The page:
About Nick

Please allow me to introduce myself. My name is Nick Badalato, and I am a teacher and coach at Kington High School, in Kingston New York. Kingston, incidentally, was where I was born and raised by my parents who were also teachers. After graduating from Kingston High School in 1986, I attended the Air Force Academy for 1 year before transferring to Brown University where I became a tri-captain for the football team, and later graduated with a degree in Business Economics. Being a former collegiate athlete, I volunteered to coach football at Liberty High School in Colorado Springs, where I decided that I wanted to make teaching and coaching my career.

I earned my Teaching Certification at CU Boulder, and received my first teaching position at Centaurus High School, in Lafayette, CO. It was there, 25 years ago, that the Bracket Method was pioneered. My pre-algebra classes included a great number of ESL students, and as I did not speak Spanish, it was necessary that I find a way to teach algebra without all the rules and vocabulary of PEMDAS. With the help of my students, we tweaked and refined what would later be known as the Bracket Method: a simpler, easier approach to algebra. In fact, we had so much success, the math department created a “catch-up course” so that these successful kids could jump “tracks” (from the slower track to the regular track). The following year I taught over 25 students algebra and geometry (they actually chose to take a double block of math. If THAT doesn’t speak volumes, nothing does!) Many of these students went on to take Algebra 2 and even precalculus by the time they were seniors.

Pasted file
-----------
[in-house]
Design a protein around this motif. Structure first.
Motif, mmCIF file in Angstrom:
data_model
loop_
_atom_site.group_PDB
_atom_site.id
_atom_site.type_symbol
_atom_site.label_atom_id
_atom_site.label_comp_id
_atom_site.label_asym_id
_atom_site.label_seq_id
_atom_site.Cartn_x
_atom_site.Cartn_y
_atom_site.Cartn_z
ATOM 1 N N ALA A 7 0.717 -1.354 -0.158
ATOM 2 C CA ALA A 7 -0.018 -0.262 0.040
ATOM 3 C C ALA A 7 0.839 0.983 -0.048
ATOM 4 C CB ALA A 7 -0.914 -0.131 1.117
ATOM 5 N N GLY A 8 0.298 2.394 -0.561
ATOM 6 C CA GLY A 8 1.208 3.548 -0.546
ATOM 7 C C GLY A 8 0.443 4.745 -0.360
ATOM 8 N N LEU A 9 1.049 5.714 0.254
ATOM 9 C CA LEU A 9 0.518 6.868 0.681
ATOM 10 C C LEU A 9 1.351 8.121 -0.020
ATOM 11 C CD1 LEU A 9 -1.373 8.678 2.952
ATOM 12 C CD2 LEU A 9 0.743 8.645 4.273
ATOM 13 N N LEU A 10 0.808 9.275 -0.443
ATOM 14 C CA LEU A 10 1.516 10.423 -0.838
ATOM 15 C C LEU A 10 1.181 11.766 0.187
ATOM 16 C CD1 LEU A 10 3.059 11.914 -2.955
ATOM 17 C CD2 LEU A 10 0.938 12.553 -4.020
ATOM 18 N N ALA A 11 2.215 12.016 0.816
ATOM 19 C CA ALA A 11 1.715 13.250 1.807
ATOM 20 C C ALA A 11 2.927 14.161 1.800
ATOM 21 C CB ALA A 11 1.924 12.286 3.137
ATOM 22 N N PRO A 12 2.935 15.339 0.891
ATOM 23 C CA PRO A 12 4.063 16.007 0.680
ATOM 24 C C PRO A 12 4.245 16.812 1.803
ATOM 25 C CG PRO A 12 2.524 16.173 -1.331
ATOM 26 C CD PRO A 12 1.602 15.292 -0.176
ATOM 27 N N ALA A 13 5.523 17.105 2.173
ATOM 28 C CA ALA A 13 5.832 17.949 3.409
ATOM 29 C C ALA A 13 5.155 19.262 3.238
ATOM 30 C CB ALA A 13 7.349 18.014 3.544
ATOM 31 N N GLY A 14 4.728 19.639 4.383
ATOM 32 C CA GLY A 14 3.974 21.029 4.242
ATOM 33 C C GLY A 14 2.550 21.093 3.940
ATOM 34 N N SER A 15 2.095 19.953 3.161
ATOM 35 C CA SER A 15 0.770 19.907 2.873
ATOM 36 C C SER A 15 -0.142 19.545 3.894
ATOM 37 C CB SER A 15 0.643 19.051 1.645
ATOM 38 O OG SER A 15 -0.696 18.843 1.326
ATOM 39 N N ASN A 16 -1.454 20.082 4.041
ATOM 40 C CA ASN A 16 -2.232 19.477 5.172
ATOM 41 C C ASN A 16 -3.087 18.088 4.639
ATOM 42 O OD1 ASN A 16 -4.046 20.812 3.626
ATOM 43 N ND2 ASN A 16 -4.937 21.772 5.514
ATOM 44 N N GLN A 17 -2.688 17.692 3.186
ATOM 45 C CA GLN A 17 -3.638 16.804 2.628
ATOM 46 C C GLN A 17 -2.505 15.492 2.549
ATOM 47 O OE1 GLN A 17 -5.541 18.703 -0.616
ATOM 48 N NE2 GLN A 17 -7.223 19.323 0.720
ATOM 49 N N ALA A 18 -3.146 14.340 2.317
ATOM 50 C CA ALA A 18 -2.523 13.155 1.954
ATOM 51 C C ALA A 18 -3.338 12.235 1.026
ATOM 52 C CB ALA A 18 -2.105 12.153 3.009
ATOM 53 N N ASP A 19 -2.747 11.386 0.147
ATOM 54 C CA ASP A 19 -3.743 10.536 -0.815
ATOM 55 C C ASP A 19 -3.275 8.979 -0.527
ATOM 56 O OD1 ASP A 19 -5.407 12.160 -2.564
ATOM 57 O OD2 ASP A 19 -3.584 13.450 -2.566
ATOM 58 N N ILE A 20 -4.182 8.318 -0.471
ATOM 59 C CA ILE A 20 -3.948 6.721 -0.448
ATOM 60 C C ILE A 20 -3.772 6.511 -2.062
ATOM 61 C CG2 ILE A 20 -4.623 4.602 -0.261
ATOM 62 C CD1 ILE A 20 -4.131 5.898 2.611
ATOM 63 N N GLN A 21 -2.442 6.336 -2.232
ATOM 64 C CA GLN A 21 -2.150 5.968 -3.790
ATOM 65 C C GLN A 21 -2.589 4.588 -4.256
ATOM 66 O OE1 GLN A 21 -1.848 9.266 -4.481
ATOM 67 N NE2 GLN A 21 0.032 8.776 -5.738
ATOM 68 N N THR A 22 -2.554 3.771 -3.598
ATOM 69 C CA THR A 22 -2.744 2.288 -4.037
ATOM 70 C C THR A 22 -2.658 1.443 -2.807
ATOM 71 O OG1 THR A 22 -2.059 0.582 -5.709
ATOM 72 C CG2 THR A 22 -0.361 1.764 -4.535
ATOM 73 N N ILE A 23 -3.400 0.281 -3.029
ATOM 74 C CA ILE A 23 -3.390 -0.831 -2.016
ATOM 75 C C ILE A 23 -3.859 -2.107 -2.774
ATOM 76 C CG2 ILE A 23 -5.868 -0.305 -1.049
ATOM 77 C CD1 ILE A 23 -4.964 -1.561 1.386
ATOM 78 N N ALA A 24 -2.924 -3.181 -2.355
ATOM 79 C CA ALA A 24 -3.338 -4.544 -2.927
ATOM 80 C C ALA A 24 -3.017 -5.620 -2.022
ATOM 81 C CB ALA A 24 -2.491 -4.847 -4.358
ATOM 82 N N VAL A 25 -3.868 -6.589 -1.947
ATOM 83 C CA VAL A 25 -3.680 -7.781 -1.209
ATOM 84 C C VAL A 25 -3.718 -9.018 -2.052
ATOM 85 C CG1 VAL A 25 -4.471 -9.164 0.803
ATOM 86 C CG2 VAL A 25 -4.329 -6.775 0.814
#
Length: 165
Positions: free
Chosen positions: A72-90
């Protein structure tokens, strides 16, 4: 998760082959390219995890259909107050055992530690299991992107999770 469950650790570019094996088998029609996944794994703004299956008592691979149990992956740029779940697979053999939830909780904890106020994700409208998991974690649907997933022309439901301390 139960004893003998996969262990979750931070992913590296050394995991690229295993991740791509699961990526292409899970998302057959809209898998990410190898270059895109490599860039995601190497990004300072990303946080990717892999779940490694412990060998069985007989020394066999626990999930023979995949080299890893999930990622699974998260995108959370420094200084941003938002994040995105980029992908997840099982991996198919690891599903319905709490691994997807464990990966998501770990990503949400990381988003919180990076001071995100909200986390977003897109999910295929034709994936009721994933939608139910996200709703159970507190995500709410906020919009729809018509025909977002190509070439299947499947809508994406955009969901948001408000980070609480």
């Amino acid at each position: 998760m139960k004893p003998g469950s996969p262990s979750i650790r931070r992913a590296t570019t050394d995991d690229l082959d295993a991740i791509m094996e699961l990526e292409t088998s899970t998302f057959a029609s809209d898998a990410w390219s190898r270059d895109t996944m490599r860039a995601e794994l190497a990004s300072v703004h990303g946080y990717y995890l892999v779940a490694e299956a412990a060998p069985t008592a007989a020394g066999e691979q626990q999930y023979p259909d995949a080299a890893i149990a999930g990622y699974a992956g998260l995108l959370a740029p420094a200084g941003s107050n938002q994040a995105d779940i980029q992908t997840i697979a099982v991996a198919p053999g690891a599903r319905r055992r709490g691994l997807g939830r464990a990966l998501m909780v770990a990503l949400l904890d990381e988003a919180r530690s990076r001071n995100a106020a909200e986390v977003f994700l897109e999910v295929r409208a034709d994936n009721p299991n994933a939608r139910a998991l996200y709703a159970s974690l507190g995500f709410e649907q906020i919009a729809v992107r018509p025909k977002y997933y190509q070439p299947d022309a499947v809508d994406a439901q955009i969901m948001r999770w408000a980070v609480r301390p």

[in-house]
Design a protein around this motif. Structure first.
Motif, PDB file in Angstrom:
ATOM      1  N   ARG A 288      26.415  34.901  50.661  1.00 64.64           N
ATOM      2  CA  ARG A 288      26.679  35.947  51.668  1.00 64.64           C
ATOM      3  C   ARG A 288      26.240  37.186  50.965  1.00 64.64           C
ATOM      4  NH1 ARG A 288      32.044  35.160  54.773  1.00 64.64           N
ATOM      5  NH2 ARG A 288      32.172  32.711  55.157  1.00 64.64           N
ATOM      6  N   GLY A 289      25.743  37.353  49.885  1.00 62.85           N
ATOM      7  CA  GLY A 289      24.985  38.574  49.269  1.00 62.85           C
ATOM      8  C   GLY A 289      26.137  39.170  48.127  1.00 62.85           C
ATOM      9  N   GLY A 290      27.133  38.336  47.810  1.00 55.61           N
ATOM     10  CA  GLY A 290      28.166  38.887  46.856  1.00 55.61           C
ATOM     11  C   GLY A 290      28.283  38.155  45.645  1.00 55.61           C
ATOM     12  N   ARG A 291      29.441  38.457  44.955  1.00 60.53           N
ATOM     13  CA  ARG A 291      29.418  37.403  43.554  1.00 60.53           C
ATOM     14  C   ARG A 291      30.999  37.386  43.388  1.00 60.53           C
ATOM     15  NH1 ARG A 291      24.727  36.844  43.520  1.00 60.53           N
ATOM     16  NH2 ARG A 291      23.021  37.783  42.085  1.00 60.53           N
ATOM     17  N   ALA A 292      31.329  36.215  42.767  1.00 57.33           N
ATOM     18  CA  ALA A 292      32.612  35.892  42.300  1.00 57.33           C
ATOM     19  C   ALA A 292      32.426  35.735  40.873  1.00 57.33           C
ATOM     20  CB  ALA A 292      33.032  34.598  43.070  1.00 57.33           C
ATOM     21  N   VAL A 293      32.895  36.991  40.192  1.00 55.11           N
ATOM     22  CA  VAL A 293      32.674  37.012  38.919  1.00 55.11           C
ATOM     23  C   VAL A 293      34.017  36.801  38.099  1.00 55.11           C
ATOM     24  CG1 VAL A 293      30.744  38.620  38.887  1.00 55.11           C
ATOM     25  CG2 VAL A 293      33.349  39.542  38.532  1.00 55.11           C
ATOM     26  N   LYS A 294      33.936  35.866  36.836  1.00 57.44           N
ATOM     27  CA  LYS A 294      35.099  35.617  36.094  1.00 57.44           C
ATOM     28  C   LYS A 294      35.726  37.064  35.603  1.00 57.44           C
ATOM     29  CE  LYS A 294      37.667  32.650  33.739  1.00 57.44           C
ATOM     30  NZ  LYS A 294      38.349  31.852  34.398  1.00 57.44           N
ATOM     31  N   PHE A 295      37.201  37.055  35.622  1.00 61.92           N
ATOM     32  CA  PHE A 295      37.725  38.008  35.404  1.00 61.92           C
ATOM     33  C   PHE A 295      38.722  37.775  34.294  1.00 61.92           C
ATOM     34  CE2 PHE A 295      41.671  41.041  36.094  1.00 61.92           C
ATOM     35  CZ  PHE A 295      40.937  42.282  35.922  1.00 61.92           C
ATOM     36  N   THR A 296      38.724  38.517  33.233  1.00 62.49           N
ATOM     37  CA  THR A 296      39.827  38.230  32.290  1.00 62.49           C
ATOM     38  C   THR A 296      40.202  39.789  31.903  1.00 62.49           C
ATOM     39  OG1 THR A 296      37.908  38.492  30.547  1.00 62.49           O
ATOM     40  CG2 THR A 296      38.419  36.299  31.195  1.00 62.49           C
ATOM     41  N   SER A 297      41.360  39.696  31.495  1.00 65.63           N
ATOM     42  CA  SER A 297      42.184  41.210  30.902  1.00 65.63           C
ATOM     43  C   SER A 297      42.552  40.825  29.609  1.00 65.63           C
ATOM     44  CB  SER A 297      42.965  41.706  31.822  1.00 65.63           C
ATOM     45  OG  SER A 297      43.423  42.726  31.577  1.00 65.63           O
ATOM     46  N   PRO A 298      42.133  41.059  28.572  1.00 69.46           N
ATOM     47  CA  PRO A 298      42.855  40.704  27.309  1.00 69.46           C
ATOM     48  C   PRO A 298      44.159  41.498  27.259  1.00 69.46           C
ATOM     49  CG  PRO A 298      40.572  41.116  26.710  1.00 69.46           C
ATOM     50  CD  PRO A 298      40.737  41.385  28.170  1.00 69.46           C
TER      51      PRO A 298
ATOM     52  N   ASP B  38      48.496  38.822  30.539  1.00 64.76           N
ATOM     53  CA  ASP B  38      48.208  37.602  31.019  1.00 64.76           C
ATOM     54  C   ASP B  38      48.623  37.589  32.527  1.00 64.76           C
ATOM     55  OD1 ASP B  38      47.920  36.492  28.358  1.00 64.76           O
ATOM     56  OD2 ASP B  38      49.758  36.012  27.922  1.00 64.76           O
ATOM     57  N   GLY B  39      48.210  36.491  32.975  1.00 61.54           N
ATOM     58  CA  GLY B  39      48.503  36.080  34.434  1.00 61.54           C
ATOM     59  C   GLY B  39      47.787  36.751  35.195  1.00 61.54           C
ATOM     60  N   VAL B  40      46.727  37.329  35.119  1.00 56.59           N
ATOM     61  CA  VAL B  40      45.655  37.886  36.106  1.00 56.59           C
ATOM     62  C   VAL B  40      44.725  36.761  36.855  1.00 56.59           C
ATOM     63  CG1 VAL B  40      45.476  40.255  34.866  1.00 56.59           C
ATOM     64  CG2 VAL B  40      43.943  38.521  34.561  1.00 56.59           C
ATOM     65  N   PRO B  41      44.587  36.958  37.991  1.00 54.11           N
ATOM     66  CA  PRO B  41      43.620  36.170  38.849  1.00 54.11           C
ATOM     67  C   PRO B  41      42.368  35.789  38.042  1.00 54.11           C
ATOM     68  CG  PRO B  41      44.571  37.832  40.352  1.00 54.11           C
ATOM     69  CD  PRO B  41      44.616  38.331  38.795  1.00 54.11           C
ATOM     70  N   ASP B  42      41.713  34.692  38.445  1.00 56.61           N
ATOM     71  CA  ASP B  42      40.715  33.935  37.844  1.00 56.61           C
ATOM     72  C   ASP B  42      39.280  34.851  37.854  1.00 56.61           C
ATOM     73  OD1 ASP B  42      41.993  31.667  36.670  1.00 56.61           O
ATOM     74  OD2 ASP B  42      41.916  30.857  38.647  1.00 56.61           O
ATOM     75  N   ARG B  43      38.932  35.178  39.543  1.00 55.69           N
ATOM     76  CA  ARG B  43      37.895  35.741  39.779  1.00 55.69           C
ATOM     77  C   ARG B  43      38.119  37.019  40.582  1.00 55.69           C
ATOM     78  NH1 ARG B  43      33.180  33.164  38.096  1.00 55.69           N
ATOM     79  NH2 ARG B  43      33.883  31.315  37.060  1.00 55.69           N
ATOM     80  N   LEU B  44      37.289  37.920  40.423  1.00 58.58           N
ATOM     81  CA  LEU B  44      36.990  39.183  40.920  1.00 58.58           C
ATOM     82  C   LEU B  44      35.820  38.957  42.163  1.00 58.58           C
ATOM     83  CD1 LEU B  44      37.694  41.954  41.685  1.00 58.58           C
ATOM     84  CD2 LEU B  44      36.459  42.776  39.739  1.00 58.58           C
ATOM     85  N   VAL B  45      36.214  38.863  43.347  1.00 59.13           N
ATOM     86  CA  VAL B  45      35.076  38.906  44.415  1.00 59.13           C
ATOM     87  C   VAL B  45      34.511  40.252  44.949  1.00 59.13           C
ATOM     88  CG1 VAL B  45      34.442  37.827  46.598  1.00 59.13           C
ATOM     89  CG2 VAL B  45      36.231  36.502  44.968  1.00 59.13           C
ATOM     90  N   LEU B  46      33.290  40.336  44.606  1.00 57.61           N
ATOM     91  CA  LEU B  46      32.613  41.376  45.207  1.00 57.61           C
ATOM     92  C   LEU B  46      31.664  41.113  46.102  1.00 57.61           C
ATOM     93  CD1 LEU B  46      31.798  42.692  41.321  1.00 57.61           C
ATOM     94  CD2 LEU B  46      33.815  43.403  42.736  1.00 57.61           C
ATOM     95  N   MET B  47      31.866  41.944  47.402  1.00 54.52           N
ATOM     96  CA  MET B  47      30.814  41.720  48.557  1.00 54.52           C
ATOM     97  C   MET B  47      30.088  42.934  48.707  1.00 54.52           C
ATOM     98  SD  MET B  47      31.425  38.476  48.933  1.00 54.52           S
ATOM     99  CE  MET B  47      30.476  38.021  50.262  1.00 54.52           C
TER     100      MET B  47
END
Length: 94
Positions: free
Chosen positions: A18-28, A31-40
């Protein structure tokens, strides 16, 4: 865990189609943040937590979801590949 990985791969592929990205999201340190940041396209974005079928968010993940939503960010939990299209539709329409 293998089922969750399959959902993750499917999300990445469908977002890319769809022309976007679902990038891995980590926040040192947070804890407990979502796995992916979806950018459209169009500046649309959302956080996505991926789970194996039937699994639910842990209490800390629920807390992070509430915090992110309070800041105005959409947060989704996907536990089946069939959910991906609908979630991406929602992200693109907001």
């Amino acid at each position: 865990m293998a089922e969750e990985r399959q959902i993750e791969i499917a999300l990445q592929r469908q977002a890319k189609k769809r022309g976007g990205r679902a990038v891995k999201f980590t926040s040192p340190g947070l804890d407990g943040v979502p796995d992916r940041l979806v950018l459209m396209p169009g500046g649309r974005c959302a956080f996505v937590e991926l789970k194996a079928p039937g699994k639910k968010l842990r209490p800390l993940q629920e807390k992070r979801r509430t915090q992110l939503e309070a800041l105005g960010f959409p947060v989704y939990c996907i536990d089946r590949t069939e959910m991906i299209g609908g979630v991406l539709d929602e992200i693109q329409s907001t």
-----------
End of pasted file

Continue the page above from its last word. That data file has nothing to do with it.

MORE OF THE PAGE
Over the years, I have used this method to teach algebra to all levels of students: 8th, 9th and 10th grade; including Resource, Special Education, Integrated, ESL, and Honors. The system is instinctive to good math students, and makes sense to kids who typically struggle with math. Many of the audio/visual cues used in this method were created by students. Most kids grasp the concepts within the first 3 lessons, and their initial success motivates them to become “algebra geeks” (as we call ourselves).

As an educator, I have come to realize how much a privilege and an awesome responsibility it is to work with kids. To shape minds and lives is a blessing. I am truly excited to be able to share this new way to teach and learn algebra. There is no better feeling than to see kids who have never had success in math, light up with pride as they realize they “really” can do algebra.